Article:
Is killing a goblin any different than killing a human?

#1
Since this is clearly a "literary" wonderment, since killing a goblin can't really happen (maybe I have a lot to learn yet?):

Is there a visceral reaction to an antagonist who brutally kills a human victim... that does NOT exist in other genres like, say an antagonist brutally killing a competing creature, goblin, what have you?

Does fantasy, LitRPG draw the same or similar responses as does traditional fiction? 

Is "dead human" worse that "dead elf"?

Curiosity moves me. 

Re: Is killing a goblin any different than killing a human?

#4
It all depends on their origins or levels of sentience. It could be like your typical video game like Breath of the Wild, where the enemies are brain-dead servants of evil only meant to slow progress. Or, they could be fully sentient creatures enslaved to some dark being, creating sympathy for them. Or perhaps they're completely independent, living in villages and building families. It all depends.

Re: Is killing a goblin any different than killing a human?

#6
I think it depends on the sapience and ability to co-exist with that species.  For example, I wouldn't feel bad about killing goblins in the Goblin Slayer universe.  But, those creatures were tailor-made to be ethically killed off by humanity: they can only reproduce via assault, they eat humans, they are designed to be chaotic evil, they reproduce rapidly, and they have no ability to produce their own resources, but rather rely on theft and raiding to survive.

To me, it all depends on how able you are to co-exist with that species.  Humans start in a position of coexistence with other humans.  We can learn each other's languages, experience sexual attraction to each other, have built-in empathy towards others, etc. etc.

So if you're in a world where goblins can peacefully coexist with humans, then no I don't think there is a difference between killing the two species.

Re: Is killing a goblin any different than killing a human?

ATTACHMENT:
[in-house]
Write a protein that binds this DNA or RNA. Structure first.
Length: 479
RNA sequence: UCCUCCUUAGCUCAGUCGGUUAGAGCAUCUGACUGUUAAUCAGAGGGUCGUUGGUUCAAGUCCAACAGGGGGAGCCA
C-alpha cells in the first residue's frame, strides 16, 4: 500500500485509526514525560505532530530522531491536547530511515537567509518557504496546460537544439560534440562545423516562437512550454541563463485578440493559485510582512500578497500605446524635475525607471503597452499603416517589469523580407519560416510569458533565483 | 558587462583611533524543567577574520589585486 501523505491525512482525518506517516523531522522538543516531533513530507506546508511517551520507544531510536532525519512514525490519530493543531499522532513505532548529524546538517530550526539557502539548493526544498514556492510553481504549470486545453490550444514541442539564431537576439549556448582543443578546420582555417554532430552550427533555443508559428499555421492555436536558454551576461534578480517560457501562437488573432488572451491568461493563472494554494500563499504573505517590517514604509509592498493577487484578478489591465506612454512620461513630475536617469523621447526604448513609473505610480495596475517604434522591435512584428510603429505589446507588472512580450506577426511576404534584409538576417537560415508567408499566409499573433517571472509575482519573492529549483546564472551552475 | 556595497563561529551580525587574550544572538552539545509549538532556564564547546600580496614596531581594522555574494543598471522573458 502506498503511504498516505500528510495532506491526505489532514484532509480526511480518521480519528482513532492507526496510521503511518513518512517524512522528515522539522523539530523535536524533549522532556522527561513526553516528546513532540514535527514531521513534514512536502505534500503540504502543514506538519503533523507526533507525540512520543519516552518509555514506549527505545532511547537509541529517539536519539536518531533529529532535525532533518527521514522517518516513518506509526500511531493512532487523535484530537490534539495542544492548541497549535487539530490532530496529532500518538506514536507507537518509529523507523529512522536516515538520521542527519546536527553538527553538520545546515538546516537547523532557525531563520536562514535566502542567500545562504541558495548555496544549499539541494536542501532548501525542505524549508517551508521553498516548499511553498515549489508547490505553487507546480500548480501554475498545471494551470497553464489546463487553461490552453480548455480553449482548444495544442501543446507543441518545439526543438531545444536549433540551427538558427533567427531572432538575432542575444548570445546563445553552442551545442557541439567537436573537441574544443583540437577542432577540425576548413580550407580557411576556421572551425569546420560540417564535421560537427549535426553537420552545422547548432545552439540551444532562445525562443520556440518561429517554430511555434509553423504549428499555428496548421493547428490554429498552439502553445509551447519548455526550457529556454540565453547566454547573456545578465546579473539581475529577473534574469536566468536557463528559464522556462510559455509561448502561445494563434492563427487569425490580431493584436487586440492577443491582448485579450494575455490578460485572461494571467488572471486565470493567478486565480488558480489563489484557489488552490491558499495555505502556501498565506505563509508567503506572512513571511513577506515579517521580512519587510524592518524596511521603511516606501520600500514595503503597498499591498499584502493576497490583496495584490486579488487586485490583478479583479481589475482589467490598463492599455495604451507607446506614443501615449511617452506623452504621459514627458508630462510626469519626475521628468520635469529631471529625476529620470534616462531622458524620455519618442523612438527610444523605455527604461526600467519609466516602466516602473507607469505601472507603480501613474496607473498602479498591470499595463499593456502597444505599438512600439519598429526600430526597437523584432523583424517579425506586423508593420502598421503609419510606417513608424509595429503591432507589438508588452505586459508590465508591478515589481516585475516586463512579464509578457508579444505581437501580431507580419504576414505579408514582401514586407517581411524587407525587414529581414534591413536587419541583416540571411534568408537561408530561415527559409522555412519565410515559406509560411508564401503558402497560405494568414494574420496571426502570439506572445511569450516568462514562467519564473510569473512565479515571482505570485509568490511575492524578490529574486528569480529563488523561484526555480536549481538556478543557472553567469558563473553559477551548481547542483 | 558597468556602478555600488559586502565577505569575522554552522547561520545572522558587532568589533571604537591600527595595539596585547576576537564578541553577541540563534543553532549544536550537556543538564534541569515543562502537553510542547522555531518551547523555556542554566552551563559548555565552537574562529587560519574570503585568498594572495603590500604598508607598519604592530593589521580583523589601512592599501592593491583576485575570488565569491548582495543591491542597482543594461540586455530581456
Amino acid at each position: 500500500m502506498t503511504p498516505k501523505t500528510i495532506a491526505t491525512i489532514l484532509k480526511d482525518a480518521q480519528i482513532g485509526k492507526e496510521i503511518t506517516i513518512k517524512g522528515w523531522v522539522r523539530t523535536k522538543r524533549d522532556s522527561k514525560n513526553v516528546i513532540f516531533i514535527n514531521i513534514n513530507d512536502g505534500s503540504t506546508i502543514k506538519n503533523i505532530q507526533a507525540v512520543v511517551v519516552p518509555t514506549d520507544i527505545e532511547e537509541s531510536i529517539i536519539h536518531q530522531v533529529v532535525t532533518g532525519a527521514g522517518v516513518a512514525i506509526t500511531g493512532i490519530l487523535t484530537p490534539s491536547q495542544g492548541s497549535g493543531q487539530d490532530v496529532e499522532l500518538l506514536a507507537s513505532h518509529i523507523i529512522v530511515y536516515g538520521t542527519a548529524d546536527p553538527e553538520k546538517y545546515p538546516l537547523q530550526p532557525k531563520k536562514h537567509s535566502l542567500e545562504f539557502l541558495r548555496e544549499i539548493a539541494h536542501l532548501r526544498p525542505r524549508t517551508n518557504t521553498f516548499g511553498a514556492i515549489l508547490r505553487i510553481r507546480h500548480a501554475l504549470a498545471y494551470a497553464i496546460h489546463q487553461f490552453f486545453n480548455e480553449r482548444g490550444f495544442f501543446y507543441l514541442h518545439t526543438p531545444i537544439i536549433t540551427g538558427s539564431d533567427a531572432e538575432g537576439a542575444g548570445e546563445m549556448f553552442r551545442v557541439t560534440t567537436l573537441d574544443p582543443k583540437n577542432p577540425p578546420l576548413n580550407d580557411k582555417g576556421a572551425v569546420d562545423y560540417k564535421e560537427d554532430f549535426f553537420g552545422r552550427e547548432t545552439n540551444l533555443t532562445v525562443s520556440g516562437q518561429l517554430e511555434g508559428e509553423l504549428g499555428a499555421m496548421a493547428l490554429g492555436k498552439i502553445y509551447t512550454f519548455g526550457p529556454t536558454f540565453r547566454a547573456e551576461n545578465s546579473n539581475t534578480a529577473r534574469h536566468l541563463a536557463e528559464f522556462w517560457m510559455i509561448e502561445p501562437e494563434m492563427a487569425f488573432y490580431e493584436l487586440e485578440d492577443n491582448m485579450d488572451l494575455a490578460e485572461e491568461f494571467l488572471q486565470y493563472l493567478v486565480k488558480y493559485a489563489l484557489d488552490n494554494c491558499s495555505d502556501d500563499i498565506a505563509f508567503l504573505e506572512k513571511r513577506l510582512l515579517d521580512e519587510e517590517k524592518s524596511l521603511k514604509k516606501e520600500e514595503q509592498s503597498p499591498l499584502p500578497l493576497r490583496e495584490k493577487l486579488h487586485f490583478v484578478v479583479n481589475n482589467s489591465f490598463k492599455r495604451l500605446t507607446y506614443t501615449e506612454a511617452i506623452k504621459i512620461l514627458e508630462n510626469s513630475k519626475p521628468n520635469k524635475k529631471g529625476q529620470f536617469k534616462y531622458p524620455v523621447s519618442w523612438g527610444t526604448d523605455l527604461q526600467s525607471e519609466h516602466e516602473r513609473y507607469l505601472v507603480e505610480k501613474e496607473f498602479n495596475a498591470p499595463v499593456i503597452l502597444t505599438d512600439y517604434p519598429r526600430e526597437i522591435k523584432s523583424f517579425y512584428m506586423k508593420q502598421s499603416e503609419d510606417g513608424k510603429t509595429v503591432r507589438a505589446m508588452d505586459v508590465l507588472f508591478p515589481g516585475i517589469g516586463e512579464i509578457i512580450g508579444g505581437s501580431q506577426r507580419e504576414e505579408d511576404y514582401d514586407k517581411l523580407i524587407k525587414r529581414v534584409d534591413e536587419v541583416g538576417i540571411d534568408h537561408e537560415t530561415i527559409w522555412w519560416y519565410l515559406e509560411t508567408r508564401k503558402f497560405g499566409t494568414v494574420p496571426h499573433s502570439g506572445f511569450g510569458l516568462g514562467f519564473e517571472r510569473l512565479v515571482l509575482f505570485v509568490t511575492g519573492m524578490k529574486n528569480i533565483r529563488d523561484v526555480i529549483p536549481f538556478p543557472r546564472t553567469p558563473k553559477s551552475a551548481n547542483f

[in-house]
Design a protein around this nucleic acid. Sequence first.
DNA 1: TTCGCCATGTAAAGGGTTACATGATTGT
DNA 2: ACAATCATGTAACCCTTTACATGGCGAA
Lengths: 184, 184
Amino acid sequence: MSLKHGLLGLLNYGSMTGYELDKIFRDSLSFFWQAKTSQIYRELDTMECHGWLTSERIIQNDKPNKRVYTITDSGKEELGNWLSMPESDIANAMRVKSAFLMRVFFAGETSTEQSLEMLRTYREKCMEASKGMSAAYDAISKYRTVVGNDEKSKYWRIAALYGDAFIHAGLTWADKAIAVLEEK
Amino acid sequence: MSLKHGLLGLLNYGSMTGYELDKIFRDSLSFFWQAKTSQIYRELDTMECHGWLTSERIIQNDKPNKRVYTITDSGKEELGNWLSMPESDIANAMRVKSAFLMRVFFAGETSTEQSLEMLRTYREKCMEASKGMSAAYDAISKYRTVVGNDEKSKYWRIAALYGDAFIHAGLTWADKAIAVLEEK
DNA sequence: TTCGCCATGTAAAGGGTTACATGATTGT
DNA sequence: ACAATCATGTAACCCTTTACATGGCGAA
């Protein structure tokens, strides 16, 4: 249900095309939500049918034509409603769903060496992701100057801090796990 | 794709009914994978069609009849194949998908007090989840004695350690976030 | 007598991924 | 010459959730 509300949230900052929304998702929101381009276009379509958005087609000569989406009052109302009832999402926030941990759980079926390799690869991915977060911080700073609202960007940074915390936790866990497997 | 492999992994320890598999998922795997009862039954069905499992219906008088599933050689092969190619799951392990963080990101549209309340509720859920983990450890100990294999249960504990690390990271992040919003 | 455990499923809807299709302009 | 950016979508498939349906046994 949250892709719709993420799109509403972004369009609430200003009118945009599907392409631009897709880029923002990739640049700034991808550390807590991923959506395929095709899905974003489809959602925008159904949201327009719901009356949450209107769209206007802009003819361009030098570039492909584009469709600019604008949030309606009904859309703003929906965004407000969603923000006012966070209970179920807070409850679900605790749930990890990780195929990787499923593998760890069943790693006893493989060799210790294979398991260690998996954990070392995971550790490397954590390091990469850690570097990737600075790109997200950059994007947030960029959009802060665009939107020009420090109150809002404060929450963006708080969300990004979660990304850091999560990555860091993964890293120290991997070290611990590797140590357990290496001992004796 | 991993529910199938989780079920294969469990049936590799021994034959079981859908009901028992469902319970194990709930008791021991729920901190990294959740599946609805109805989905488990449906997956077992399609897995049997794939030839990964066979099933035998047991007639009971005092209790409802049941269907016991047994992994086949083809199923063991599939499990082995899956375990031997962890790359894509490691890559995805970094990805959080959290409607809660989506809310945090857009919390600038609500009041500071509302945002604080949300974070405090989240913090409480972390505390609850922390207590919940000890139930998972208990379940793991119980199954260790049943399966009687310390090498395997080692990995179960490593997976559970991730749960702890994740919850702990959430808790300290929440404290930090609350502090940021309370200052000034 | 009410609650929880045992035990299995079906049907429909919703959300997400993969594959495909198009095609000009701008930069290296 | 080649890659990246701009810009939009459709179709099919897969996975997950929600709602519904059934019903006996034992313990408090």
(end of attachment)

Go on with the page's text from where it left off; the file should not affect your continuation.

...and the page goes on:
#7
VladThatGuy Wrote: Since this is clearly a "literary" wonderment, since killing a goblin can't really happen (maybe I have a lot to learn yet?):

Is there a visceral reaction to an antagonist who brutally kills a human victim... that does NOT exist in other genres like, say an antagonist brutally killing a competing creature, goblin, what have you?

Does fantasy, LitRPG draw the same or similar responses as does traditional fiction? 

Is "dead human" worse that "dead elf"?

Curiosity moves me.
In most cases I'd say no. Most settings goblins look nothing like humans and are viscous, murderous, baby eating bastards that before the protag ever encounters them they will have had this idea and line reinforced and beaten into them. The protag will know heart and soul that the goblin is not a good person if they even consider it more than we would consider killing a wild boar or croc killing a human. Most fantasy settings, especially ones with goblins are much more use to and close to death so they would not suffer the visceral reaction that our modern society where people can 'forget' death exist for a while. I see this reaction being even more muted for LitRPG settings as there people are in a world that actively encourages death so that unless the dead is someone they were personally close to they would likely shrug it off, and a goblin, wouldn't care at all.

Now if he'd seen said goblin as a person, seen it acting in a very human manner for a time and come to consider it a small human he might react strongly like we would if a favorite dog died. Similarly to a dead elf, a dead elf might be a tragedy due to the lost knowledge and link to the far past, but unless that elf was an active part of the community most would probably react with little more than a 'What a shame' and move on with their life because said elf wasn't seen as 'part of the tribe' and therefore they move on with trying to survive and protect their own.